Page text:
- DHCP (Dynamic Host Configuration Protocol) services. This service provides both the mapping from client machine hardware addresses and their IP addresses and also provides the core information needed for the client machines to get their kernel images and boot themselves up properly.
- TFTP (Trivial File Transfer Protocol) services. This service provides the transfer methodology to actually deliver the kernel and initial ramdisk images to the client machines.
- CUPS (Common UNIX Print Service). This service provides access to the shared printers that are available for patron use.
- SMTP (Simple Mail Transfer Protocol). This service allows for local communication4
- LDAP (Lightweight Directory Access Protocol) services. This service is used for user authentication.
The server has a number of separate file systems, as shown in this table:
This is the server’s root file system. It is not NFS exported.
This is the server’s boot file system. It is not NFS exported.
This is client root file system. It is NFS exported, read-only. The client machines actually has a ramdisk mounted at their root file system, with symlinks to this file system. The /var directory on this file system is copied to the root ramdisk mounted on the client machines.
This is the /usr file system for both the server and the clients. It is mounted read-only on the client machines.
This is the /var file system for the server. Some of this file system is also mounted on the clients.
This is the file system containing the user home directories. It is NFS exported to the clients, which in turn mount it read-write.
The /nfsroot file system is basically a mirror of the server’s root (/) and /var file systems, with some important changes. The /var file system is simplified. Primarily due to that many services running on the server instead of the clients. The settings in the /nfsroot’s etc sub-directory are different, both because many services won’t be running and because of the need to do things like mount selected NFS file systems earlier in the boot process than would normally be the case for a workstation with a local disk. This is covered in depth in Section ??.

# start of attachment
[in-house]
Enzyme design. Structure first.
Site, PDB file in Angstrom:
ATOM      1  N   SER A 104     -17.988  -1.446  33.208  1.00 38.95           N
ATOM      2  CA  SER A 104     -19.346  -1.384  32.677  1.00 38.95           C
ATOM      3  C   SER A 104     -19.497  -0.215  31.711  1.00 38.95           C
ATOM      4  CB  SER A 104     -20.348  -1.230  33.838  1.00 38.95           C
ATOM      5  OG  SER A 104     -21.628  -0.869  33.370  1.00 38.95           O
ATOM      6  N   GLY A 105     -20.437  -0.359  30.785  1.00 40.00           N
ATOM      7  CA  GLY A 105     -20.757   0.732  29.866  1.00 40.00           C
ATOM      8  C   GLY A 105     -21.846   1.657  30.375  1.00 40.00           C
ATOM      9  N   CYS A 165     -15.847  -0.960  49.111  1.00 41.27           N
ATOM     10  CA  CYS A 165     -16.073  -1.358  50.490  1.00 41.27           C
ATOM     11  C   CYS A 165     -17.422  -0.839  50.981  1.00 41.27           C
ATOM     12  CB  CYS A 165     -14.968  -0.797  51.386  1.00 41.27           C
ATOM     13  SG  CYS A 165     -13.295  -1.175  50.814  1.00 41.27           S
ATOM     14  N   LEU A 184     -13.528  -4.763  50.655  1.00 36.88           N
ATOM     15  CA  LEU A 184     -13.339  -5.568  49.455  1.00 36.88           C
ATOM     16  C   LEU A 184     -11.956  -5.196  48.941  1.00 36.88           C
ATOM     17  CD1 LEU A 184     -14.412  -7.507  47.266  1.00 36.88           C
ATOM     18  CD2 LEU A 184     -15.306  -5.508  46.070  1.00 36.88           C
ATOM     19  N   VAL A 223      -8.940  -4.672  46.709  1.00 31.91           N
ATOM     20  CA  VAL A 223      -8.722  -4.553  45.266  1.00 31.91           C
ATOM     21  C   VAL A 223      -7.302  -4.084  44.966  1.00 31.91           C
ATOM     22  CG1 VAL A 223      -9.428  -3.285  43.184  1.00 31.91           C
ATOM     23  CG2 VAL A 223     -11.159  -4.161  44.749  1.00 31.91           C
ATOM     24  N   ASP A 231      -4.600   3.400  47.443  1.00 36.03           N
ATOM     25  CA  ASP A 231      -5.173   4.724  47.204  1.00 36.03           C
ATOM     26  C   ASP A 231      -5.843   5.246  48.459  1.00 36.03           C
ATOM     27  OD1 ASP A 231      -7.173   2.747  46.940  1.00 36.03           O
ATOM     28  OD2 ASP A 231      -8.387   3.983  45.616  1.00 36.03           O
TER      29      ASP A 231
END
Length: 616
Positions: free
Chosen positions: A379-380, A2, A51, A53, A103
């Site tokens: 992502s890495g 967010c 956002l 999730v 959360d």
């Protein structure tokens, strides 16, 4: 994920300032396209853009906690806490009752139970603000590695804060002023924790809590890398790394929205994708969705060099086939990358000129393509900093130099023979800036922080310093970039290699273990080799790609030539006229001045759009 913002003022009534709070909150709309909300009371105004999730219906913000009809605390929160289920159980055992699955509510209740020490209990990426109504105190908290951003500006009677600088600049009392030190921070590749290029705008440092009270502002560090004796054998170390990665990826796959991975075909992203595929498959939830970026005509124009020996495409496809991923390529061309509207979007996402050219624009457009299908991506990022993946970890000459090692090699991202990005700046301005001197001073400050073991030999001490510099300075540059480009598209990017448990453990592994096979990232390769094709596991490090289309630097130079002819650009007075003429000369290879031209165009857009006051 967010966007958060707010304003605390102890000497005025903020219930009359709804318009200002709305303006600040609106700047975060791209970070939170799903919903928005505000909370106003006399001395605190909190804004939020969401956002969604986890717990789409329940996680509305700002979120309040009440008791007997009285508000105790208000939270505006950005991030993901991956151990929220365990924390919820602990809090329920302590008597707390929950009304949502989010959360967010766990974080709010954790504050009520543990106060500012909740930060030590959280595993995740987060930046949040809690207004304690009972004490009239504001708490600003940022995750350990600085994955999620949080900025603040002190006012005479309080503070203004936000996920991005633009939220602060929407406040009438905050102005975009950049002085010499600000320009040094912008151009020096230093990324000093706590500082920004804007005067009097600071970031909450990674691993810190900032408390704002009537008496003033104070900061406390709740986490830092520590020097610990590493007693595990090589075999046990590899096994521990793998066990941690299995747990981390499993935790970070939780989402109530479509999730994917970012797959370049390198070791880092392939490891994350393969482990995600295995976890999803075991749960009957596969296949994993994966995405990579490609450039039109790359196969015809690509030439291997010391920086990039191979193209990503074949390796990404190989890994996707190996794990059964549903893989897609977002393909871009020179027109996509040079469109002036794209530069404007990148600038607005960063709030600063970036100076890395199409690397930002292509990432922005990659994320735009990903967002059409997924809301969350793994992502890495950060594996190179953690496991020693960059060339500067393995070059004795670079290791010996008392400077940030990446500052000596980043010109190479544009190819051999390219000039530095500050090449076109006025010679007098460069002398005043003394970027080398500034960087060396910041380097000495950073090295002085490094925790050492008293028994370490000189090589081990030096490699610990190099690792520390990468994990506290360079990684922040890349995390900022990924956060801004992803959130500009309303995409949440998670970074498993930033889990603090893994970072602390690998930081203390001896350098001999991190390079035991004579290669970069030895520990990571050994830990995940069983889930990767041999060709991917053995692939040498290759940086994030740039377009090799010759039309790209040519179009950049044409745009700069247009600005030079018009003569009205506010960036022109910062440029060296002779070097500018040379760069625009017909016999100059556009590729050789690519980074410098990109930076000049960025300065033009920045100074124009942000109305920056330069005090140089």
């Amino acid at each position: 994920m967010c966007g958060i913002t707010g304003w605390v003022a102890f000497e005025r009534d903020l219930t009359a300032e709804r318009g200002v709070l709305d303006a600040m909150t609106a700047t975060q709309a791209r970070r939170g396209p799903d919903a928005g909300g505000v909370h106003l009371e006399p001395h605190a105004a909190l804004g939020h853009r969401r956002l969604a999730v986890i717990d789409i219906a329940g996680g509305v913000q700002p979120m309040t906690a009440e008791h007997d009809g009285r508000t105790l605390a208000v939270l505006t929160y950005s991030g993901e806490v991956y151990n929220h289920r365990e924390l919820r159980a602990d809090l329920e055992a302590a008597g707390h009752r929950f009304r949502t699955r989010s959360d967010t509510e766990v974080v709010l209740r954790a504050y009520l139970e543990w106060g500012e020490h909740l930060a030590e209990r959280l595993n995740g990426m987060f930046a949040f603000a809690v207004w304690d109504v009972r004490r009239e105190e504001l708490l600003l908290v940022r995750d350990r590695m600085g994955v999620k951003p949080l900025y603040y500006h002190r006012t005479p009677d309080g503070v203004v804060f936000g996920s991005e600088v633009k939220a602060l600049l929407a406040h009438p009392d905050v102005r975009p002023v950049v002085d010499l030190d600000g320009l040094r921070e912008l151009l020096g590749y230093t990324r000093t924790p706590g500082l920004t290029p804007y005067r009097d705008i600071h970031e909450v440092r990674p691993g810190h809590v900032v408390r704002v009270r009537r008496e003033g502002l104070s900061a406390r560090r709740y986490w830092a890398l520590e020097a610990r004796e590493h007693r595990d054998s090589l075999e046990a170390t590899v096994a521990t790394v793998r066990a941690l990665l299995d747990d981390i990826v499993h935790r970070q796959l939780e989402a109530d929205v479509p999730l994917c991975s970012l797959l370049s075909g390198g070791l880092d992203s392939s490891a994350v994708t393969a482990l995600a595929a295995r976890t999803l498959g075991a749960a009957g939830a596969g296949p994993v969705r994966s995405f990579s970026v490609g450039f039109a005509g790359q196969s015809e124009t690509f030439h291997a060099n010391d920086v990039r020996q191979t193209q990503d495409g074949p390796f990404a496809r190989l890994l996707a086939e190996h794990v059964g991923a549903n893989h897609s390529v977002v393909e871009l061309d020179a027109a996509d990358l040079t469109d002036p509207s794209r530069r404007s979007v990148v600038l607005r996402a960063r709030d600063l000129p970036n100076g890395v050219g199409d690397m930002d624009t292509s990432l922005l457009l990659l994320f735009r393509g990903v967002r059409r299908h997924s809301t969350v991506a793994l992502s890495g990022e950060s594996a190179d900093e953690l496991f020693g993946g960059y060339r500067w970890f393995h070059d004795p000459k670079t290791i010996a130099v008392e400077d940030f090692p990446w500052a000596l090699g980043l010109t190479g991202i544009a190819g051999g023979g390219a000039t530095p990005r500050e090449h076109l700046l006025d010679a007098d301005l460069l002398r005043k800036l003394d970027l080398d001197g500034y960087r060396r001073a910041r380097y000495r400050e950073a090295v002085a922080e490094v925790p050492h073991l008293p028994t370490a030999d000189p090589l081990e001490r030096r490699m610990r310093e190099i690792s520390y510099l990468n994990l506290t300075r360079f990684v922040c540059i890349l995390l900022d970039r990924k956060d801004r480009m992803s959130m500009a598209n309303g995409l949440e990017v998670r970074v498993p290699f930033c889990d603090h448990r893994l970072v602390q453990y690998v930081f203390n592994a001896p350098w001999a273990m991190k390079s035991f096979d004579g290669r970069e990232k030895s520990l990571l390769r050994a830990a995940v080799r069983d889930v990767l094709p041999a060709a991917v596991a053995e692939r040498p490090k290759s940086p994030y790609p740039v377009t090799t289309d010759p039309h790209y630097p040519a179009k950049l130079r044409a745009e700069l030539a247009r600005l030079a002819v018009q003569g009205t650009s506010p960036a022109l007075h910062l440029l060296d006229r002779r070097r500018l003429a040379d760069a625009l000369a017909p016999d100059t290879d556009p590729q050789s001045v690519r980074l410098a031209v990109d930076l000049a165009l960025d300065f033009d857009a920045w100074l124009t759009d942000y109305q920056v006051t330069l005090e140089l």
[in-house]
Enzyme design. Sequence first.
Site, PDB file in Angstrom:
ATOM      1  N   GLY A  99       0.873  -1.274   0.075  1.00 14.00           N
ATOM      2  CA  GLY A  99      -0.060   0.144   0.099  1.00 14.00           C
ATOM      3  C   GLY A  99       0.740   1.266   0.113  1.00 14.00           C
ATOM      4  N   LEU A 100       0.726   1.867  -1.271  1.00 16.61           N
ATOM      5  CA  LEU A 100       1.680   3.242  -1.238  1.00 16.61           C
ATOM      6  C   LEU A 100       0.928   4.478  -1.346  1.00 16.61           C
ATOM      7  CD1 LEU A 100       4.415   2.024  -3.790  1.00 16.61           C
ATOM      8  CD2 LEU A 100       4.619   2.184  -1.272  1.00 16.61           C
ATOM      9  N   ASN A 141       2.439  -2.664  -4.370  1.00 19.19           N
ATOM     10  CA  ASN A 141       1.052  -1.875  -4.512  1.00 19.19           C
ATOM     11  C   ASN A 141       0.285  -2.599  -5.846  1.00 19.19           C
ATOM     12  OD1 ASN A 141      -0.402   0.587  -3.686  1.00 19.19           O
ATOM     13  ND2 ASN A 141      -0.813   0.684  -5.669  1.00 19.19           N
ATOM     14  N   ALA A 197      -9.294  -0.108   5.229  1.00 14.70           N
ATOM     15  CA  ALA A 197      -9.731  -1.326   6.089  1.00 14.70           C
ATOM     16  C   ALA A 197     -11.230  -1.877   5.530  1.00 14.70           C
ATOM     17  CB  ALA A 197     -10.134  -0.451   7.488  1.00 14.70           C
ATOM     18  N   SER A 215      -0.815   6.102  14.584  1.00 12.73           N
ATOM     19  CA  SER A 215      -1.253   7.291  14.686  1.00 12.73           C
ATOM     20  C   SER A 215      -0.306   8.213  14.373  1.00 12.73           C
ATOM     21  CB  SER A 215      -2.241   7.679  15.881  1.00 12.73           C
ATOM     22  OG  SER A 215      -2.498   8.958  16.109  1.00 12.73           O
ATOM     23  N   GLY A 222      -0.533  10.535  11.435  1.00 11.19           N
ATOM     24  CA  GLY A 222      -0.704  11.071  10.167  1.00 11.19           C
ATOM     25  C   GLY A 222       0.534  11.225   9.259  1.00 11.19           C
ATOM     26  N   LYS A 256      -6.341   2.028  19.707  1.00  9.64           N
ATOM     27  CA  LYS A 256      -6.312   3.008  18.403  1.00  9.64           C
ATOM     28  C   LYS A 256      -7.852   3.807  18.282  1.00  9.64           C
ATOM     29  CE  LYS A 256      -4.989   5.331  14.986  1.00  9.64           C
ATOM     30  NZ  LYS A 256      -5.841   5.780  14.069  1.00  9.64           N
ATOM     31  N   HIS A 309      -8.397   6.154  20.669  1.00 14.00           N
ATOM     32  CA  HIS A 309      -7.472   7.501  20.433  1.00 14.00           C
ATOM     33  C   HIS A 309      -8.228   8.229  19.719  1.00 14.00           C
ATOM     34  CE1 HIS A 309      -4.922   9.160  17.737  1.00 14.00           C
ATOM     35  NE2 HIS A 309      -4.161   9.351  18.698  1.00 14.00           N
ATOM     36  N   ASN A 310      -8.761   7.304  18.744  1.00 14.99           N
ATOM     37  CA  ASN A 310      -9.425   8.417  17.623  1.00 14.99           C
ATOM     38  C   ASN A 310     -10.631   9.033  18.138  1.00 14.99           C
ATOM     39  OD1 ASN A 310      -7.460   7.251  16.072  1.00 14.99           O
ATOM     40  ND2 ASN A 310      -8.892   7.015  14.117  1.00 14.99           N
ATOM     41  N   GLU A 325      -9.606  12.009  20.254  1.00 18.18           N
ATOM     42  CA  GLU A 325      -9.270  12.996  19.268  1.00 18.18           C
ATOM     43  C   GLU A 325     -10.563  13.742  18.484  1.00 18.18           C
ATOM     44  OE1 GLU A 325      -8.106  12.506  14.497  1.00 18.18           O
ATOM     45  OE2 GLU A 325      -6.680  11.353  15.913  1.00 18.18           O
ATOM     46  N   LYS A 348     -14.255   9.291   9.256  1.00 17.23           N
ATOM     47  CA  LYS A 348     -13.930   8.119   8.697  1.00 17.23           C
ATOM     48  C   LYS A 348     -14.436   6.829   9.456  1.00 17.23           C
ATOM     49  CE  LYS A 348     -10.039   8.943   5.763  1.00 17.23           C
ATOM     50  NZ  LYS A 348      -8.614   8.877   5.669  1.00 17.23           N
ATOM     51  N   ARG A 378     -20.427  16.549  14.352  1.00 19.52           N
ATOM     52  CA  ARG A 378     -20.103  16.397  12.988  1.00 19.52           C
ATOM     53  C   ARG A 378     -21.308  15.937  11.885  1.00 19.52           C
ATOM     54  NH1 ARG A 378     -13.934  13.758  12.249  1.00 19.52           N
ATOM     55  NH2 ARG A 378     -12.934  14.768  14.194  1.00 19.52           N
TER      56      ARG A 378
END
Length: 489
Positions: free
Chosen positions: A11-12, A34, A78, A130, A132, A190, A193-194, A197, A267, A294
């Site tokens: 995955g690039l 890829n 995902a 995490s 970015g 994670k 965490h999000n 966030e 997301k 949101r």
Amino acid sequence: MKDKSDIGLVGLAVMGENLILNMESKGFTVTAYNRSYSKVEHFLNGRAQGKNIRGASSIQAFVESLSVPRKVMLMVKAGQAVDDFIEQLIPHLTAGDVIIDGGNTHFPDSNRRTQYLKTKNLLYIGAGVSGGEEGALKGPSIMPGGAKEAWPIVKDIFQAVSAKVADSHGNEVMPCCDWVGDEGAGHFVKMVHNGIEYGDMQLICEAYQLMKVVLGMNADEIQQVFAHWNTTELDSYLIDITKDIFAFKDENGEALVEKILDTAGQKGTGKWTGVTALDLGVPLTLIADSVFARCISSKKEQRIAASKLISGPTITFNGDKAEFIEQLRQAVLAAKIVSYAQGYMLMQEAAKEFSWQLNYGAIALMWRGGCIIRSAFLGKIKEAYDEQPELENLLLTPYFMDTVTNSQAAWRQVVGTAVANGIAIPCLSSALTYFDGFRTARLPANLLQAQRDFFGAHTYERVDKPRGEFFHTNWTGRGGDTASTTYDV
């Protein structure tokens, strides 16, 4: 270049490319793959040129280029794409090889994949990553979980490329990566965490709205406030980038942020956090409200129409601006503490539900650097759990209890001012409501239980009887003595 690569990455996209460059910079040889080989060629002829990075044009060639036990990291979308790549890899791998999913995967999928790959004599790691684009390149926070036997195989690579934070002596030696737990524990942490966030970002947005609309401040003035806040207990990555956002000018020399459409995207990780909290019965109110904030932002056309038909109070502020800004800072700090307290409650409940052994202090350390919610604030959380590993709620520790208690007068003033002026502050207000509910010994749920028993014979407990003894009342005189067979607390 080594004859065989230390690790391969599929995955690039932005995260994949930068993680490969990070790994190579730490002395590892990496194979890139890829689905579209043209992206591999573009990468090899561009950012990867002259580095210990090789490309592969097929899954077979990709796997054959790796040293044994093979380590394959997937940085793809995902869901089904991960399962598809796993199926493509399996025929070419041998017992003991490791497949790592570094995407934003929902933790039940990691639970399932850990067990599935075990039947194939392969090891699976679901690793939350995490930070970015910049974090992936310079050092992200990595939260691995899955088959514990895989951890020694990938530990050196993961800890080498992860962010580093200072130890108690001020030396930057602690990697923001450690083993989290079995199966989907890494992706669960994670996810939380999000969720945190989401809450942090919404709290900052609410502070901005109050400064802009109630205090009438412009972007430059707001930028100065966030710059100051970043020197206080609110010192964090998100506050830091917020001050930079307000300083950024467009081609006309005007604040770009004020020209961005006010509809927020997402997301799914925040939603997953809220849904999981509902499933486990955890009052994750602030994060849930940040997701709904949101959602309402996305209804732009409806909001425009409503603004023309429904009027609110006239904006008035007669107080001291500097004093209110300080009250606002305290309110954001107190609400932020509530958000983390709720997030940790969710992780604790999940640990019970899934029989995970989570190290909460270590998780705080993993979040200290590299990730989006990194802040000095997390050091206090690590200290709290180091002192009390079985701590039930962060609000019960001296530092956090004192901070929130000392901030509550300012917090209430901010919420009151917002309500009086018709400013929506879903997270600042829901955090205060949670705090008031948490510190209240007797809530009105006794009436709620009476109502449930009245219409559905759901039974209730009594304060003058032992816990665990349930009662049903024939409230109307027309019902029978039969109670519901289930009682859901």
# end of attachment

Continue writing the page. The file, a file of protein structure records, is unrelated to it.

Several of the server’s file systems are NFS exported to the client machines. This includes the client machines’ root file system (read-only), the /usr file system (read-only), and the /var/lib/rpm directory (read-only). In addition, the /var/spool/mail5 directory and the /home directories are exported (read-write).
Next week will cover booting the diskless clients and talk about the initial RAMDISK and the NFS Mounted file systems.
*Copyright (C) 2009 Robert Heller.
1 Thin clients are diskless computers, which get their operating system and application software from a file server on the local area network (LAN).
2 CentOS Release 5.3 at the time this article has been written.
3 Such as Adobe Acrobat Reader, MPlayer, and the Shockwave Flash plugin.
4 At present, the patrons don’t make direct use of this service. It is mostly provided to allow for automated messaging between the client machines and the server machine.
5 See below for Sendmail’s mail delivery settings.